Although Tveit jokes that Mike will need "to go to therapy about five years from now" to deal with some of the brutal things he's seen as an undercover agent, such as Eddie's suicide, Graceland may now be more than just a temporary assignment for Mike. "At the end of the season, certain things are going to happen, and I think he's going to have to reevaluate what he really wants and what he really sees for himself," he says. "He's discovered that he's actually good at this and that he can hack it as a field agent and has a certain skill set that really lends itself to this undercover game."
Maybe even, Tveit hopes, as Briggs' full-time partner. "Not to make it like some buddy thing, but I think he and Briggs are a great team," he says. "If Mike does end up at Graceland for a long time, hopefully Briggs is there too. Mike probably knows that, once they figure all this stuff out, they can probably do a lot of good together."
Graceland airs Thursdays at 10/9c on USA.
Aaron Tveit Goes Undercover On “Graceland” — But He’s Not Leaving Broadway Behind
On USA Network’s Graceland, Aaron Tveit has found his first starring role on television, but Broadway audiences have known about him for years from his work in musicals like Next to Normal and Catch Me If You Can. Tveit talks about making the transition from theater to TV, and why he’s not turning his back on Broadway.
posted on August 22, 2013 at 12:07pm EDT
TV audiences are just getting to know Aaron Tveit on Graceland, USA Network’s freshman series about a team of undercover law enforcement officers living together in a beach house. But Tveit’s name recognition has been rising for the past few years, especially among theatergoers who were wowed by his roles as Gabe inNext to Normal and Frank Abagnale, Jr. in Catch Me If You Can. His crossover to film and TV began with guest spots on Gossip Girl and The Good Wife, and last year, he played Enjolas in the big-screen adaptation of Les Misérables.
I spoke to Tveit about making the move from live theater to a TV series, whyGraceland spoke to him, and how he’s adjusting to life off the stage.
I want to start off with a very basic question, which is, what first drew you to Graceland and the role of Mike?
Aaron Tveit: You know, I’d just finished doing Catch Me If You Can on Broadway, and it was the first time in a few years that I wasn’t attached to another Broadway show. So I knew that I was completely available for the first time, and I didn’t really have a plan that television would be the next thing, but I basically said, whatever I read that I like, I’m just gonna go for that.
I had read the script. The script was sent early, I think in October, so pilot season hadn’t even started yet, but I read it and I absolutely loved it. A lot of the guest star work that I’d done on television before, I kind of had always played some not-so-nice guys. I kind of came in and acted like an asshole and whatever, which was great for what it was, but I really liked how I thought Mike was a nice guy with a really great set of morals and right and wrong. He saw things as black and white. And then knowing what I knew about undercover work, there was a lot of room there for potential conflict later on. Since he had a sound moral structure, that he would definitely be pushed throughout the work, and there was room for him to either change or not based on what was gonna happen in the season. And also, I thought right away all the relationships in the pilot were very clearly defined, which is hard sometimes. And I was a fan of White Collar. I read a lot of stuff that’s not great, so to read something that’s good was really exciting, especially really one of the first things that I’d read.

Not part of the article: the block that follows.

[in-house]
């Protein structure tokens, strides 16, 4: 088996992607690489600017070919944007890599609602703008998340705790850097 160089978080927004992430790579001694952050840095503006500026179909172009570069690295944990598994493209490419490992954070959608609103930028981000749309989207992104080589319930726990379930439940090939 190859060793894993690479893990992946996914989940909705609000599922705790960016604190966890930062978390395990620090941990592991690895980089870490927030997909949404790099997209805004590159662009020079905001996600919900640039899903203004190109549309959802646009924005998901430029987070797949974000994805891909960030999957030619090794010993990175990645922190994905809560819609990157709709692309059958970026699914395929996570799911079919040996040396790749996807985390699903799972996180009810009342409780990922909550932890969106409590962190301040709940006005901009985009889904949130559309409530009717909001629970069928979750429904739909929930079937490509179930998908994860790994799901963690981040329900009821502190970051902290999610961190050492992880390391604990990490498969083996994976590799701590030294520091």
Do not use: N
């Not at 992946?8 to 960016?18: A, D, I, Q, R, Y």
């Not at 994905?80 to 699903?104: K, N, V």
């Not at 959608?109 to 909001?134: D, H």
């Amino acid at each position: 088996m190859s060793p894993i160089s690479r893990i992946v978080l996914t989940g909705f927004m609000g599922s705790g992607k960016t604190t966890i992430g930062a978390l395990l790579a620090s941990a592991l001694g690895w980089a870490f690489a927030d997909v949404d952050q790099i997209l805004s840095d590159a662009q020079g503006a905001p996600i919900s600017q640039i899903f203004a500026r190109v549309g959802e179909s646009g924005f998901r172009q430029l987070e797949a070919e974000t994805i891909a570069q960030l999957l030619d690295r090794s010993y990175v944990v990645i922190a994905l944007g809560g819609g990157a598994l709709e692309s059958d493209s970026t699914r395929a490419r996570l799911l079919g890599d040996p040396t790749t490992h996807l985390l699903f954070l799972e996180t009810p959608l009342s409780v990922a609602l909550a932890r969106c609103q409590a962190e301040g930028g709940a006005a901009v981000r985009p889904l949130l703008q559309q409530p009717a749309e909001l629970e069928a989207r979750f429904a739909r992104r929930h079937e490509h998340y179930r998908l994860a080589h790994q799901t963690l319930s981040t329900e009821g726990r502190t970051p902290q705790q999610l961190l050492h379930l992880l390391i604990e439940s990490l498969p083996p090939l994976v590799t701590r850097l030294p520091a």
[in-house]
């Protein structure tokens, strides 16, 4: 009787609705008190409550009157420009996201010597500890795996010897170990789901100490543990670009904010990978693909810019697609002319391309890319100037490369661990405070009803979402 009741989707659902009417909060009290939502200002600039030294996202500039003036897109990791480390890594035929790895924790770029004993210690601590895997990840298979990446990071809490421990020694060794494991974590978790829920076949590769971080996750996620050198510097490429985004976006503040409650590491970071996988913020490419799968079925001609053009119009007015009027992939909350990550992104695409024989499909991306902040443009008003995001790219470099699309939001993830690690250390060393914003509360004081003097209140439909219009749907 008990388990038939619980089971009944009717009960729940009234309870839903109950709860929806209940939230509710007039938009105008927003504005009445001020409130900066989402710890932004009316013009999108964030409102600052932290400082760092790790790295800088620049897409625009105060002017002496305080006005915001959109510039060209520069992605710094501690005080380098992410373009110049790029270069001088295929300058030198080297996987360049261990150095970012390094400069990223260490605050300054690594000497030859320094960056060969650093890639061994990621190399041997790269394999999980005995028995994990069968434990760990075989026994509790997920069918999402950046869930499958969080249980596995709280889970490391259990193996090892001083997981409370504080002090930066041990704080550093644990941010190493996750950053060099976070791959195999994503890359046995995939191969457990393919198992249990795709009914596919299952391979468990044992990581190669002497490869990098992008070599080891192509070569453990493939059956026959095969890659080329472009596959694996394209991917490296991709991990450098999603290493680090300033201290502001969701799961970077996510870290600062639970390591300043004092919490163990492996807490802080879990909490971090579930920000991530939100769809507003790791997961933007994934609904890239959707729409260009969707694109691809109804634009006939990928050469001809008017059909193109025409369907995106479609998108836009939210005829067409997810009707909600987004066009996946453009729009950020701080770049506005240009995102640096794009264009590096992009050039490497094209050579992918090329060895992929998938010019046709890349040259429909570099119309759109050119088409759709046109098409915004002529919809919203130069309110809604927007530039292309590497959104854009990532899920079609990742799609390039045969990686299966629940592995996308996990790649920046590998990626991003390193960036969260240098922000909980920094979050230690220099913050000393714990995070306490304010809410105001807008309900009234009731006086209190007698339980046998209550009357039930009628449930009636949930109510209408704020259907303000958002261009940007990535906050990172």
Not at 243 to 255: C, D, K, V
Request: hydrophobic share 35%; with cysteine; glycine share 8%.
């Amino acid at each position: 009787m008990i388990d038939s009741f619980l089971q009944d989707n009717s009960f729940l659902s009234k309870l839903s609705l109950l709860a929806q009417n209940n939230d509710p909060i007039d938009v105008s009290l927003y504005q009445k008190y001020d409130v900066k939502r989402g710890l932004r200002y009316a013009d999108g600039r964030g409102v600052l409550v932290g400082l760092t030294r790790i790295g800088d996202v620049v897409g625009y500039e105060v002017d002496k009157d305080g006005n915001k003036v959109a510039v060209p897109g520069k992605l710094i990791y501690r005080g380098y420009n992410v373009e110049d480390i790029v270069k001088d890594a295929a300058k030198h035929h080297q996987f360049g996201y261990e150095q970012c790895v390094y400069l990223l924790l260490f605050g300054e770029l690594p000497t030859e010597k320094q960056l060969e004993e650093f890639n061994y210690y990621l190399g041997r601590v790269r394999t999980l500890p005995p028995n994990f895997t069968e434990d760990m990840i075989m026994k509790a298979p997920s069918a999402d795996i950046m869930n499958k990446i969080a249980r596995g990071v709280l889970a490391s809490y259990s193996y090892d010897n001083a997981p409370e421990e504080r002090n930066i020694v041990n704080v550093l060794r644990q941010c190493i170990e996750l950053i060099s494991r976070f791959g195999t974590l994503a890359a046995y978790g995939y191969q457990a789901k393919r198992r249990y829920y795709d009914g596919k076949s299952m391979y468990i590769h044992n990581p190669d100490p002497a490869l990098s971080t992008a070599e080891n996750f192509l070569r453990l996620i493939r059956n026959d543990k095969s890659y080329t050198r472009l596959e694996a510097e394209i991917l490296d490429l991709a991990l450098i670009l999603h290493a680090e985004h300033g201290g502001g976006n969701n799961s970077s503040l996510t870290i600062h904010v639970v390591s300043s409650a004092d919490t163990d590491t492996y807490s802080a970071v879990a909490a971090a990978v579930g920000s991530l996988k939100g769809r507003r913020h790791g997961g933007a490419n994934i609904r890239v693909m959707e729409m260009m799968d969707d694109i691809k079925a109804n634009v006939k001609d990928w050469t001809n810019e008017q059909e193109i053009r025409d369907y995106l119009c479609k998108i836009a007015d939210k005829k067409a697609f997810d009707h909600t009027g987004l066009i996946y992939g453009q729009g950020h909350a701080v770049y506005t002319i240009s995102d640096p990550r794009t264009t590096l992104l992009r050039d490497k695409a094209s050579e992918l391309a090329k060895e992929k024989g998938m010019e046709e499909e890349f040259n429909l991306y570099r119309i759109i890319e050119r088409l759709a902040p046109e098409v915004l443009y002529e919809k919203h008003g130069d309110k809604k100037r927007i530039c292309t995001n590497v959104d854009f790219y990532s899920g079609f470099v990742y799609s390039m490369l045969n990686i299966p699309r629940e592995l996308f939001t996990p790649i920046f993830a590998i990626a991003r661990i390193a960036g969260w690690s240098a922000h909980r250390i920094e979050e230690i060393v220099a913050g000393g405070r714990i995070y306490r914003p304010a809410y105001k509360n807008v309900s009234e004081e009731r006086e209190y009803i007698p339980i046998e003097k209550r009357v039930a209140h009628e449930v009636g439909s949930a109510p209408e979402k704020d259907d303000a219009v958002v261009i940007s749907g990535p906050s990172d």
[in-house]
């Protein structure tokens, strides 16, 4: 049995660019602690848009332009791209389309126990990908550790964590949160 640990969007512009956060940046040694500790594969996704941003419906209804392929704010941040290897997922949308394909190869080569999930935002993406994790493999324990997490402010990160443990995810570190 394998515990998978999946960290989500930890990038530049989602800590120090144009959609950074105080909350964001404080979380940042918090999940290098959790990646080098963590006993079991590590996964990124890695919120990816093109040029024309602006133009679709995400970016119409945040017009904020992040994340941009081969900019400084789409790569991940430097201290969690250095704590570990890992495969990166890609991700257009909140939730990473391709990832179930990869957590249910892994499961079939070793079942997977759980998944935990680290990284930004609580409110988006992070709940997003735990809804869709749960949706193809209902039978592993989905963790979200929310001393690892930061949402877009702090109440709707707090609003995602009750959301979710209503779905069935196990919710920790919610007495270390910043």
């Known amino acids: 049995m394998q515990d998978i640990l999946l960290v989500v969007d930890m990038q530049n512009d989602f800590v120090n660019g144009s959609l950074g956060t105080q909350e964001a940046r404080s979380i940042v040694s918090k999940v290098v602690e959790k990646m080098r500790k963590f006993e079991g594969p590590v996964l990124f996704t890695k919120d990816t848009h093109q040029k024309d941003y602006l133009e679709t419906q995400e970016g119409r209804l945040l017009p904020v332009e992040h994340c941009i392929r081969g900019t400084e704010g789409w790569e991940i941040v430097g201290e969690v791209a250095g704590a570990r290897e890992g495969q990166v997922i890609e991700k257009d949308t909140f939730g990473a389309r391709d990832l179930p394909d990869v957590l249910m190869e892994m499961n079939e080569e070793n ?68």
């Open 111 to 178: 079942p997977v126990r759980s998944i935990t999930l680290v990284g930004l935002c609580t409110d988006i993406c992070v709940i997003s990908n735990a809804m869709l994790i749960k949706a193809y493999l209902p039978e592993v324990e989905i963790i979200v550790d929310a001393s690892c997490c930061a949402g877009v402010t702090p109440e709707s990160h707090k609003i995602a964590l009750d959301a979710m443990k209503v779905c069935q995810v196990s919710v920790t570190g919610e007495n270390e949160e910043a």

And also, I was like, listen, if the thing goes to series, it’s gonna shoot by a beach somewhere, so that’s not a bad job to have.
No, that’s a great perk. In terms of doing a weekly series, did you have any reservations about taking on a TV show, which is obviously a different time commitment?
AT: No, I didn’t! I was really excited for it. I mean, I was intrigued and excited for the challenge. When you work on a movie or when you work on a play, you have one script and you do all this work on it and you do it for a long time, but this is like, you get to go through that process every week. Every week you get a new script, you get a new story to tell. And also, I think because of what I was just saying, what I was immediately drawn to about the character, I saw there was room for growth and room for change, and I was excited to hopefully go on that journey with this guy and these people to see how it could change. And, you know, I’m a huge fan of television myself. I watch a lot of TV, so I was excited to be a part of that from the other side; you really get to learn who these people are and how their stories evolve much more on television.
OK, as a fan of your musical theater work, I have to ask — have there been any discussions about how to get Mike to do a full musical theater number on Graceland? Past the script, what conversations did you have with the writers about the character of Mike before you began filming?
AT: That’s the other great thing about this show — and about Jeff Eastin and the other writers — they really encourage collaboration, encourage us to bring our own ideas to these people, which is not always the case. A lot of stuff you go on, they want you to be exactly word perfect on what’s written, and they really encourage us to kind of ad-lib dialogue and really bring ourselves to it.